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Performance Racing Trim
by Bill Gladstone


Chapter 6 -
Mainsail Trim & Controls

6.1 Introduction
6.2 The Mainsail Trimmer
6.3 Mainsail Power
6.4 Controls
Sidebar - Vang Sheeting
6.5 Reaching & Running
6.6 Conclusion
Fully Battened Mains

6.1 Introduction

The jib leads the boat upwind; the mainsail provides balance and control. Proper main shape is a shape which complements the jib, and balances the helm, while pushing the boat to the proper mix of pointing and speed.


We have more control over mainsail shape than we do genoa shape; and we are required to do more with it. After all, we have all those genoas, but only one main. Having so many controls is a double edged sword; sometimes it is hard to know what to use when. Fear not. If things don't work out, blame the tactician. Fig. 1.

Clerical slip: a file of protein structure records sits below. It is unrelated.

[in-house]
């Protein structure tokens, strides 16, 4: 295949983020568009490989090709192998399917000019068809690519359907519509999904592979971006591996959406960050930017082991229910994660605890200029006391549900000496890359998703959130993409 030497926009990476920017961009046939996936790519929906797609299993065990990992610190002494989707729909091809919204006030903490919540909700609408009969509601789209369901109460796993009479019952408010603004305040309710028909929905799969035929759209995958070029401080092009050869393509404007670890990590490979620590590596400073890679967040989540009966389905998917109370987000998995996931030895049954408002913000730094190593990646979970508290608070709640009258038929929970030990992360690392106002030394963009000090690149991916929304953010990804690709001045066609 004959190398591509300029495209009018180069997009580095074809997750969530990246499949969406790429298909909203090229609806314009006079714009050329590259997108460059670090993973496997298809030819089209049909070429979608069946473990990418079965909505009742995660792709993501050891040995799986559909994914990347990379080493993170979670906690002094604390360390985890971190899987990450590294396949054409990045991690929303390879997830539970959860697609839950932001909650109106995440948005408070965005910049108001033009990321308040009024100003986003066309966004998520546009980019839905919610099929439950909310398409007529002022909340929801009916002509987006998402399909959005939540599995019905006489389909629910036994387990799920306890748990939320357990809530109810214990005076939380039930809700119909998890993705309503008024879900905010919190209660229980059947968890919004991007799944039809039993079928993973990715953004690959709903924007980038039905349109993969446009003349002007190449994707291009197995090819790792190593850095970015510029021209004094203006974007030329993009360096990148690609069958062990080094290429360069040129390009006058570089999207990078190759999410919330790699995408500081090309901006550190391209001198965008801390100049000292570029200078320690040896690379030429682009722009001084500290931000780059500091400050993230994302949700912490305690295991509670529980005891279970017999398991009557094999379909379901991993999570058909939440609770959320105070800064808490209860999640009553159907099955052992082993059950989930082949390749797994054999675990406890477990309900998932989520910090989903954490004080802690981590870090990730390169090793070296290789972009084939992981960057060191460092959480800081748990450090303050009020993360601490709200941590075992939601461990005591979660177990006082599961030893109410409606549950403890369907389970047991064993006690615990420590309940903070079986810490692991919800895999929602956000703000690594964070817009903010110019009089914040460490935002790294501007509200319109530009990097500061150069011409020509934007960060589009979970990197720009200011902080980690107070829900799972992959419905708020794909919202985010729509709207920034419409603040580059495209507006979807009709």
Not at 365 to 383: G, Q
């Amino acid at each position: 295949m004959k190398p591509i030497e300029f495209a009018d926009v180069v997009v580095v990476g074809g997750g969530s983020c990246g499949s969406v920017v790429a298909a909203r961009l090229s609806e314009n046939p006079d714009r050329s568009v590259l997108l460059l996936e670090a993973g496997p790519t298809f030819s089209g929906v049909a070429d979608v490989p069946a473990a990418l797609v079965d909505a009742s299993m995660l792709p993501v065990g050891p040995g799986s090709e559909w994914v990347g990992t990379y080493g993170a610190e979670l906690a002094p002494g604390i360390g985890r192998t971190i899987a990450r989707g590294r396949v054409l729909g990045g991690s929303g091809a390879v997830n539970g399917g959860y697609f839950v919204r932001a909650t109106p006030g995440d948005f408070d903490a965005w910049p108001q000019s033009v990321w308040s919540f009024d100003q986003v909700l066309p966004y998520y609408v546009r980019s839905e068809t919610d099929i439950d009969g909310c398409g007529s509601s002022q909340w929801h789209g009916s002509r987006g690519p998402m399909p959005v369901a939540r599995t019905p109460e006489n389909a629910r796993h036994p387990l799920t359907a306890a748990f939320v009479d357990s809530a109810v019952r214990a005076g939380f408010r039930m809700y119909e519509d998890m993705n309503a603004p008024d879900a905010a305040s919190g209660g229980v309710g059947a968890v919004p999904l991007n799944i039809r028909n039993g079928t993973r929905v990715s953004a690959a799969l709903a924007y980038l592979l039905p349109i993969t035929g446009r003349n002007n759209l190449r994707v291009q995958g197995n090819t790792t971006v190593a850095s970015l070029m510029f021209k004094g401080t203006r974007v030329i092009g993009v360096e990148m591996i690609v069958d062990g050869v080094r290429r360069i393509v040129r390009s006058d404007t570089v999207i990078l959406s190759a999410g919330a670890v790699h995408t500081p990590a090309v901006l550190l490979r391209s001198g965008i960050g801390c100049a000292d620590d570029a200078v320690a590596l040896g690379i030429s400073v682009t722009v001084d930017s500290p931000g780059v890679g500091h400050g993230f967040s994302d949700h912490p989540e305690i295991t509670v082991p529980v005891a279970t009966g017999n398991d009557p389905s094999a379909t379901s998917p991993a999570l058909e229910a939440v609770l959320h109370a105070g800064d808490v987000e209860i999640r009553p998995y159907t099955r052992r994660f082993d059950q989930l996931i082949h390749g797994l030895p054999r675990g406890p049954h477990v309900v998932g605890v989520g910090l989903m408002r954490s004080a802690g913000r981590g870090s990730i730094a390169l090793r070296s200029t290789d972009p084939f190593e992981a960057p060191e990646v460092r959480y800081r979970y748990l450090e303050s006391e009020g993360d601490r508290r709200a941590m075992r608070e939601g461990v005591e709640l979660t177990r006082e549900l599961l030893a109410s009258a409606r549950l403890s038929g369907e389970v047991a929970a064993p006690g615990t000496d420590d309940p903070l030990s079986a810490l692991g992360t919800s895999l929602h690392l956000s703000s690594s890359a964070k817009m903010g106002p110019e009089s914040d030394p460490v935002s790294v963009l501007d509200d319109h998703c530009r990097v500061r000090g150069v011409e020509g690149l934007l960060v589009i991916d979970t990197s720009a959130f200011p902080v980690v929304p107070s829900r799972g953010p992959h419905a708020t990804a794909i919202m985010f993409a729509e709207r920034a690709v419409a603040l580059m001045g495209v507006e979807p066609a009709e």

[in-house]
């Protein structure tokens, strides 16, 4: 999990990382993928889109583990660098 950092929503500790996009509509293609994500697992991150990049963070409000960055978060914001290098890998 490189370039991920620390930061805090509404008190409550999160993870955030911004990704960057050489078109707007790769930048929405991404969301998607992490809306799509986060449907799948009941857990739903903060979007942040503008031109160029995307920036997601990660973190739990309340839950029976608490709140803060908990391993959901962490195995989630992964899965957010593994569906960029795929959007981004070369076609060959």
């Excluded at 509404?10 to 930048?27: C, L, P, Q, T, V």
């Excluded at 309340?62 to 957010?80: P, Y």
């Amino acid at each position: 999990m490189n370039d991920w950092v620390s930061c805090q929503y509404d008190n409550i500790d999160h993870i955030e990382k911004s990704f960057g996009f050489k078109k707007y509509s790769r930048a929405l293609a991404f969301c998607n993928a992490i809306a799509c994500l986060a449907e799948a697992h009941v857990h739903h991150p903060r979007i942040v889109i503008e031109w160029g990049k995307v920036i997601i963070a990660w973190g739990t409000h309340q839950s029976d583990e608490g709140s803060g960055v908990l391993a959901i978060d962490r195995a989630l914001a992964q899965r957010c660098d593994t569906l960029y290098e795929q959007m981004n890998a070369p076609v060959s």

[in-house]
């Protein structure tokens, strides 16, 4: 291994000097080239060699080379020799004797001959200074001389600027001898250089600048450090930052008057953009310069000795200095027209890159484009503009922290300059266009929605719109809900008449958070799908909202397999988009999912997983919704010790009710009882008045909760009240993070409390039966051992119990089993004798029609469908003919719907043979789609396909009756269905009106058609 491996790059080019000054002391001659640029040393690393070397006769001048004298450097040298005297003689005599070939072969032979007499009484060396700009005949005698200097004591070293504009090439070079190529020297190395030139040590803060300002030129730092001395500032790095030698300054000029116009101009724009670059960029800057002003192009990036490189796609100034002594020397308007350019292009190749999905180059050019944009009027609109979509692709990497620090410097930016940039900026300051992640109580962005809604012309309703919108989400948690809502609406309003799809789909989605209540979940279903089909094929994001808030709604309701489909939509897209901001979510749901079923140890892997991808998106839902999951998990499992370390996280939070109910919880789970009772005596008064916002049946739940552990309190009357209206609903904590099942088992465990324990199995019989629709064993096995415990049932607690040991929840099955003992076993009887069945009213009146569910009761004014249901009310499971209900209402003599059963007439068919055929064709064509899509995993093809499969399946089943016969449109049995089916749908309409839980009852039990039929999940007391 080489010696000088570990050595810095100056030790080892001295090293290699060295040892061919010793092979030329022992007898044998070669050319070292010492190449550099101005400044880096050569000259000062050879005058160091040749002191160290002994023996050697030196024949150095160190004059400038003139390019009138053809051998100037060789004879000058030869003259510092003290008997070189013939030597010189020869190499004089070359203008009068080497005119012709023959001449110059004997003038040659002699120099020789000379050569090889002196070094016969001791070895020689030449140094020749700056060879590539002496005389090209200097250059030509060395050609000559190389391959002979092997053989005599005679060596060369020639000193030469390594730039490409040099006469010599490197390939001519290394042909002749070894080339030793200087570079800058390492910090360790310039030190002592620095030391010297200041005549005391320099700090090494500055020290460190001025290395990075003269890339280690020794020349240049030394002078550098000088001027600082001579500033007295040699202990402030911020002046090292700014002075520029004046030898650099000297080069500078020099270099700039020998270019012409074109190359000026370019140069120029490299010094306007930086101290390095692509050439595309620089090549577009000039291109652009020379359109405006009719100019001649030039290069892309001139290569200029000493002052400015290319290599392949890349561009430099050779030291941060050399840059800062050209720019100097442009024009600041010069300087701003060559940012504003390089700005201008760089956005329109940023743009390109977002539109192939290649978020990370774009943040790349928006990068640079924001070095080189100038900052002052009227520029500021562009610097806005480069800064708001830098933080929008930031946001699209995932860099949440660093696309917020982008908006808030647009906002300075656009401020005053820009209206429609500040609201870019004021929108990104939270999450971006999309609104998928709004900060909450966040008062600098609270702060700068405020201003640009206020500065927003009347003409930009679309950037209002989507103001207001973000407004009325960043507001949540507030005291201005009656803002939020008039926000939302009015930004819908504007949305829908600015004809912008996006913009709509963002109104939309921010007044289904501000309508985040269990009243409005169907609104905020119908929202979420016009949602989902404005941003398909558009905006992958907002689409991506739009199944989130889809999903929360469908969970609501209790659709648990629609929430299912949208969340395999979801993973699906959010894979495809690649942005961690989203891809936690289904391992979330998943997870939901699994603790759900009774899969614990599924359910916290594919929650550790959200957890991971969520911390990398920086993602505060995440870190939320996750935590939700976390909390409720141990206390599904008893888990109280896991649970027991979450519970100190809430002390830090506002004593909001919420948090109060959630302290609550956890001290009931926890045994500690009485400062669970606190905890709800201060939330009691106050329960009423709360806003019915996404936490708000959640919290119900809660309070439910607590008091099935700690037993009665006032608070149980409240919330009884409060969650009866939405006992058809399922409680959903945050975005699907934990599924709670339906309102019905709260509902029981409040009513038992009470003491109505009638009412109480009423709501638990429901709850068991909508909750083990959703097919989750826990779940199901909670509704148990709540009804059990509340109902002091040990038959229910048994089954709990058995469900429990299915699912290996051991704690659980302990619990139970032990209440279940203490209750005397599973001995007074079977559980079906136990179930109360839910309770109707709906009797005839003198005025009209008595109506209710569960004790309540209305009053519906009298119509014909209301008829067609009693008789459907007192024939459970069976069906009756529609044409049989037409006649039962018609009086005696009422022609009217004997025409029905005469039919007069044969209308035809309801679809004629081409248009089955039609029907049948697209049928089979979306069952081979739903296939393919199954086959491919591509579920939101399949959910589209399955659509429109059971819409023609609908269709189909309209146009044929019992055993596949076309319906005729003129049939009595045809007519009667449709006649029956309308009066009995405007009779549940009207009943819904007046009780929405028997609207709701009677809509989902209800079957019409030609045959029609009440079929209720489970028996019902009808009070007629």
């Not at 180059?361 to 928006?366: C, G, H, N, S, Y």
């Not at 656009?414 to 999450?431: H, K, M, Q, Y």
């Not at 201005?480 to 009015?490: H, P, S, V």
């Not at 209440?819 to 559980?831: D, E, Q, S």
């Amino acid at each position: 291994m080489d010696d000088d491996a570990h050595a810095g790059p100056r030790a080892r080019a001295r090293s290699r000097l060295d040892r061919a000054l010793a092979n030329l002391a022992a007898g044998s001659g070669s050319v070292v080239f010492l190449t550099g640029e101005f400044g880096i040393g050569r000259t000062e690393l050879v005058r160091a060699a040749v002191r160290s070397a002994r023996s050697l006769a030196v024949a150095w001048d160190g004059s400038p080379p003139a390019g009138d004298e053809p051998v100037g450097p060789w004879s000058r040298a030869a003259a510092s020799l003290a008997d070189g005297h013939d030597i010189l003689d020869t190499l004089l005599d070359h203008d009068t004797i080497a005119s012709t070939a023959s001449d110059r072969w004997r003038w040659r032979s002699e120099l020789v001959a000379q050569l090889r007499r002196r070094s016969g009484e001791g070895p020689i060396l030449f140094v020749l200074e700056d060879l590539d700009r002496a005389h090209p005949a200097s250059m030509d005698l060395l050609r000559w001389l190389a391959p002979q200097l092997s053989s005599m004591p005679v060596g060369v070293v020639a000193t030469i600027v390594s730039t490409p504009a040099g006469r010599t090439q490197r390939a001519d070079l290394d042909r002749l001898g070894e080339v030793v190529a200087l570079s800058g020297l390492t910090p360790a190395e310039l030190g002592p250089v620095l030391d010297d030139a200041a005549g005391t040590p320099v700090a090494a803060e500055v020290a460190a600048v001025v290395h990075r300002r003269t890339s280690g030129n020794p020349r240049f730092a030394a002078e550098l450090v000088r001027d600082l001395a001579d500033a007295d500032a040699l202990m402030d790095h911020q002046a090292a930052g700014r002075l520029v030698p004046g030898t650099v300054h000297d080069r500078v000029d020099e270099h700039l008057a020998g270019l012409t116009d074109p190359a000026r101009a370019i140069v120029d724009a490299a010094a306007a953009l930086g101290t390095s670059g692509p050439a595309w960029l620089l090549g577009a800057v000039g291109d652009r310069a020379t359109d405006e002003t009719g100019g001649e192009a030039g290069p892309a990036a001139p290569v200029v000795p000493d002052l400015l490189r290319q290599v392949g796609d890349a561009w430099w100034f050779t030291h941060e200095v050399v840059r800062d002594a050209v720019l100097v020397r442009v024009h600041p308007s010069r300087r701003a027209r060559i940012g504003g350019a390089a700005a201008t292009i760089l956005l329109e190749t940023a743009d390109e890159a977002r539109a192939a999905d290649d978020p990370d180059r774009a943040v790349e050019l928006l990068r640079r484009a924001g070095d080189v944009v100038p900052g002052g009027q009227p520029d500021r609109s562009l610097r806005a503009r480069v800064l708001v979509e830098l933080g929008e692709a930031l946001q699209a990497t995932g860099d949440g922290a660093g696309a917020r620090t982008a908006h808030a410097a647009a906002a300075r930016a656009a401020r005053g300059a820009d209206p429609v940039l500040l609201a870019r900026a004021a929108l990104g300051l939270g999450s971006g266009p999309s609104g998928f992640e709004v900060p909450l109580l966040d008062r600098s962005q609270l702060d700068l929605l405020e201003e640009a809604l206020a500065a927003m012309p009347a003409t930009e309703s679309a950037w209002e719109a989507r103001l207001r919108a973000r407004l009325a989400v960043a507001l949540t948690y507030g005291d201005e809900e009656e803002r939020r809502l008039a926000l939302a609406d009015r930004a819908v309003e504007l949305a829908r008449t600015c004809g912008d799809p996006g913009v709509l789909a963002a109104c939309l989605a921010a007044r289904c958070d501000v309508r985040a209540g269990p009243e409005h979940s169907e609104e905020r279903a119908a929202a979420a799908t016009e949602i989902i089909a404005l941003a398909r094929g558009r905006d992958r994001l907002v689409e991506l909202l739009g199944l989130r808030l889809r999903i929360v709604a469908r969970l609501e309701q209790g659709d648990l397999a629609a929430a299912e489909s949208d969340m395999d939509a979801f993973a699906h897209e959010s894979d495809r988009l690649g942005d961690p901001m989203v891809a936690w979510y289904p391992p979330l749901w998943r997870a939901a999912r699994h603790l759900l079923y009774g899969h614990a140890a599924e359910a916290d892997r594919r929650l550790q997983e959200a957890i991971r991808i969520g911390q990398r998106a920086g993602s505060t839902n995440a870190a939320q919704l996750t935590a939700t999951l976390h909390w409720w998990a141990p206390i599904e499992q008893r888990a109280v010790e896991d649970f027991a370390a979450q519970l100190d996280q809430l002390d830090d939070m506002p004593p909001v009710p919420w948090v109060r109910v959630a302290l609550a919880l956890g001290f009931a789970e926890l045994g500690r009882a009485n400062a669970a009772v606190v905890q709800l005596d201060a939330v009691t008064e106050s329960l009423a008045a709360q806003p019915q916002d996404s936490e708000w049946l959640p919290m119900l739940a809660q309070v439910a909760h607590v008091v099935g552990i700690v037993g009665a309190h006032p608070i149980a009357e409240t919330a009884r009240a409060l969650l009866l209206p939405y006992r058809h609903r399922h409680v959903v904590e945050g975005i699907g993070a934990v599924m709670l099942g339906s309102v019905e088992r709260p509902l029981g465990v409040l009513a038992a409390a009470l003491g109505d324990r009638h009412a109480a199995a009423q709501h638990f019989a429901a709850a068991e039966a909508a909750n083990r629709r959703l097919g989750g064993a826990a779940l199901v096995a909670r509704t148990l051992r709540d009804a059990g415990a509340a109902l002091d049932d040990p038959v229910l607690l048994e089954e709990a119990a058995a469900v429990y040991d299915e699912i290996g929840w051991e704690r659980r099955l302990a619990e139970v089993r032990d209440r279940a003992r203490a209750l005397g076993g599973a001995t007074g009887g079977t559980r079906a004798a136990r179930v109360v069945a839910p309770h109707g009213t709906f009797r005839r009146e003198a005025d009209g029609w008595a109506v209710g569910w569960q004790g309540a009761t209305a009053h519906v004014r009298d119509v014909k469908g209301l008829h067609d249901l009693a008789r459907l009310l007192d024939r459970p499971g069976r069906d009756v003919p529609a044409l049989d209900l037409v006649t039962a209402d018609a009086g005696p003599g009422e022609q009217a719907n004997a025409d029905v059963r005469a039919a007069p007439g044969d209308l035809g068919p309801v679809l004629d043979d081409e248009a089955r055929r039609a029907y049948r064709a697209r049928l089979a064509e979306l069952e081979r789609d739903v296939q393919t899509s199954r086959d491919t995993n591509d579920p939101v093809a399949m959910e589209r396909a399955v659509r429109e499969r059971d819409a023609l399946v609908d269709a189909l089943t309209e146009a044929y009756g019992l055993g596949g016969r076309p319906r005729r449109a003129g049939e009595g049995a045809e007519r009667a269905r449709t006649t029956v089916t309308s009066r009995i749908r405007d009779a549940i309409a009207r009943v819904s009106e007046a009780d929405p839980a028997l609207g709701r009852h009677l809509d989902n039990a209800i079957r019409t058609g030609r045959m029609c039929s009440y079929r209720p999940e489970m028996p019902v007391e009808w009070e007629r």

Fig 1. - A well trimmed main will provide speed, pointing, and balance to our upwind performance.

In this chapter we will look at the role of the mainsail trimmer in upwind performance, and the various sources of power for the main. Next, we will consider each mainsail control and how it impacts sail shape and power. We'll look at initial trim settings for upwind sailing, and refinements for varied conditions. Reaching and running trim will be covered in a separate section. Later, in Chapter 8 we will integrate main trim, jib trim and driving techniques in a variety of sailing conditions

6.2 The Mainsail Trimmer